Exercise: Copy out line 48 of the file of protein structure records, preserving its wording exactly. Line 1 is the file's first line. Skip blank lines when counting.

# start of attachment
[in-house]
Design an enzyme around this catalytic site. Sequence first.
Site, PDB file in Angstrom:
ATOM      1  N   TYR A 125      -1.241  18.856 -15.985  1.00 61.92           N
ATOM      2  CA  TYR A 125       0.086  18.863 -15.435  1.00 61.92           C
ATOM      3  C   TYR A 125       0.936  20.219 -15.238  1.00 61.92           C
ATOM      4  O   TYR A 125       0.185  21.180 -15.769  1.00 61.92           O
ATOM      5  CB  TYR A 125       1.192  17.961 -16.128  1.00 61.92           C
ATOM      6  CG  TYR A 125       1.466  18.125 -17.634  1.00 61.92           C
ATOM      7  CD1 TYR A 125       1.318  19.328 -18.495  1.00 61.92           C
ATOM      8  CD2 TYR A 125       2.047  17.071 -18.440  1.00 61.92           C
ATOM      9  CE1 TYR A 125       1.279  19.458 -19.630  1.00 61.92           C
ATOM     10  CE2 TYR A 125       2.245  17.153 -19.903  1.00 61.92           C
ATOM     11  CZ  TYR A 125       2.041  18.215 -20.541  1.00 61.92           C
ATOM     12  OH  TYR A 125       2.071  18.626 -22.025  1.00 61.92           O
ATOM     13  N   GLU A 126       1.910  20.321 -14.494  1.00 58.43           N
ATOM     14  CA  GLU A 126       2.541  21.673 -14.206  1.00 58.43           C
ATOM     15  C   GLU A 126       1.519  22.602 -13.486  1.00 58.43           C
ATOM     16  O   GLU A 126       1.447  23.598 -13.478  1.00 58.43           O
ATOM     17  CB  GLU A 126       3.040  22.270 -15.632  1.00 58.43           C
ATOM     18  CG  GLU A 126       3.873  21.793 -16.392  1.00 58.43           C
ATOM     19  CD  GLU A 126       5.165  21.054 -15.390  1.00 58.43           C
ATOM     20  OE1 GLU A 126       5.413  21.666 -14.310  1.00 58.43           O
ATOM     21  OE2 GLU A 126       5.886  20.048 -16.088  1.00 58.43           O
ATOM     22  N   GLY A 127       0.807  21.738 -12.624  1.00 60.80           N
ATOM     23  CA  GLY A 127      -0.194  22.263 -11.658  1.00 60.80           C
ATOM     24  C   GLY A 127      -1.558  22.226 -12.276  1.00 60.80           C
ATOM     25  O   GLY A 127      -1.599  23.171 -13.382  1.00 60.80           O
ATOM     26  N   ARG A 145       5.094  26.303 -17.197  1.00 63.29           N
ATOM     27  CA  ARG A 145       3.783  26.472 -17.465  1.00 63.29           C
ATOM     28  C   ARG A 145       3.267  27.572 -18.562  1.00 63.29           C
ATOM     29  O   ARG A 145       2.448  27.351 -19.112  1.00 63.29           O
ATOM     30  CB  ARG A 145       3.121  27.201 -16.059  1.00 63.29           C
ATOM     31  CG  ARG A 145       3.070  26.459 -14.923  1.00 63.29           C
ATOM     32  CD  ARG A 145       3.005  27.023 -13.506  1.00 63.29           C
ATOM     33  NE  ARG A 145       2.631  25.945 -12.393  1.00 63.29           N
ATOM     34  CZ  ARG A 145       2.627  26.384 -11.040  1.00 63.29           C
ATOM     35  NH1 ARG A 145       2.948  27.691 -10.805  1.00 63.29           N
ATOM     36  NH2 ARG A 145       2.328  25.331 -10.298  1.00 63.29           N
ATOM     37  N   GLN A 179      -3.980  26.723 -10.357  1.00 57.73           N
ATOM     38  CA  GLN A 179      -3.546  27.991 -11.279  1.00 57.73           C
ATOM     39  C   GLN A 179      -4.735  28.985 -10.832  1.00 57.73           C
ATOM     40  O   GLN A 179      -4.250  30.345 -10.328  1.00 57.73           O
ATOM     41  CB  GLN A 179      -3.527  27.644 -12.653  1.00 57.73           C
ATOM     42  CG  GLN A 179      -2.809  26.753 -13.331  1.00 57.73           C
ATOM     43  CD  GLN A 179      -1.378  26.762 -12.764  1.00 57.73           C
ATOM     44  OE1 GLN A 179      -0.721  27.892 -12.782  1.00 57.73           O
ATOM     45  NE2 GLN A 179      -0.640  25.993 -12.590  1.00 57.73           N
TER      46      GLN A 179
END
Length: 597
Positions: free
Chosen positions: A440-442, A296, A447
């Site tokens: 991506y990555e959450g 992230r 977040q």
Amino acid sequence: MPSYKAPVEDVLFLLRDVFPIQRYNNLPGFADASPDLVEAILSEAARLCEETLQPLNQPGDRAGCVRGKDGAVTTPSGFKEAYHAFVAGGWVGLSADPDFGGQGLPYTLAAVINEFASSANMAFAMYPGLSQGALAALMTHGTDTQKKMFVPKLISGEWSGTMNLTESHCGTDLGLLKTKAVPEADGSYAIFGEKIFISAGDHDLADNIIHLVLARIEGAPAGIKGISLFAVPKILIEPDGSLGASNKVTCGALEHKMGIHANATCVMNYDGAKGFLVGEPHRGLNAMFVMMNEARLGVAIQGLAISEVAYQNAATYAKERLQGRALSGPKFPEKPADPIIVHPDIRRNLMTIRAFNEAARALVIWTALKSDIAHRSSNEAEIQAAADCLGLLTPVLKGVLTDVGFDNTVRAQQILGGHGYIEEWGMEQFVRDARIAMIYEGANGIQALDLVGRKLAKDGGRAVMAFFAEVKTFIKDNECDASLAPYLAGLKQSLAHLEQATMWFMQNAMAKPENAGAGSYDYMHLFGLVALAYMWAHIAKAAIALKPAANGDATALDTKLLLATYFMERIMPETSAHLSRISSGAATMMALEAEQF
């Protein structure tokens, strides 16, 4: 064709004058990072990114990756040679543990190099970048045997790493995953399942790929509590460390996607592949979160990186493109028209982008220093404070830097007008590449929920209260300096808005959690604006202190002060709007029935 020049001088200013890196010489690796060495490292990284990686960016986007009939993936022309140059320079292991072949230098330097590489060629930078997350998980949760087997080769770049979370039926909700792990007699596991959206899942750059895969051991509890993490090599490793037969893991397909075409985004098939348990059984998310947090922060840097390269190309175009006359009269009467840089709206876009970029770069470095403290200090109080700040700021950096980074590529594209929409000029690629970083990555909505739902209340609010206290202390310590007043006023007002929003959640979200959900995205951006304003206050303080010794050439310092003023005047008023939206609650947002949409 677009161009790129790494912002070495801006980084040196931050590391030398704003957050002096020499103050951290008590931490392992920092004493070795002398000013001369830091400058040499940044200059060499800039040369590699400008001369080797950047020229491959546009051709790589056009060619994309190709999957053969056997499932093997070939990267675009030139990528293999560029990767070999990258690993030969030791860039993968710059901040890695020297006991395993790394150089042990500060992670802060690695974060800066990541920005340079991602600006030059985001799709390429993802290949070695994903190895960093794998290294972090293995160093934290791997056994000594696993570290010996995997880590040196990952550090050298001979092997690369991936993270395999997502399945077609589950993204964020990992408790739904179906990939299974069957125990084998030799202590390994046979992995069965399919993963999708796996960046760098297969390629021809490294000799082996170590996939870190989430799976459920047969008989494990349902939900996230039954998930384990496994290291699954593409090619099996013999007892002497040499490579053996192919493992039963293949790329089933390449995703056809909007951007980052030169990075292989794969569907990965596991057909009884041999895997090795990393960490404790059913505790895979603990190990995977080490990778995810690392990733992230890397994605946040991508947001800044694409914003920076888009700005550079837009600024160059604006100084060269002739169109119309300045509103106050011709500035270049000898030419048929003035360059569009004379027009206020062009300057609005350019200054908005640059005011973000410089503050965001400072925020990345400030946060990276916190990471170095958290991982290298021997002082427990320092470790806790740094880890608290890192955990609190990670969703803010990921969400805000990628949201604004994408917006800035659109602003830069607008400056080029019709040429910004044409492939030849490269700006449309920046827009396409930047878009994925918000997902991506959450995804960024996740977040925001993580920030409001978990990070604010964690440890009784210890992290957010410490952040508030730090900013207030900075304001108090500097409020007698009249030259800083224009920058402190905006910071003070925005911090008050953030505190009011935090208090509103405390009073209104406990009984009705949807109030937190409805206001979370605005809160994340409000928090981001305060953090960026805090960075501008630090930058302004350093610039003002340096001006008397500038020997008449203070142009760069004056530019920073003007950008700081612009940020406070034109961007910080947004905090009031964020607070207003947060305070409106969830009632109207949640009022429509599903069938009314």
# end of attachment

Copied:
ATOM     45  NE2 GLN A 179      -0.640  25.993 -12.590  1.00 57.73           N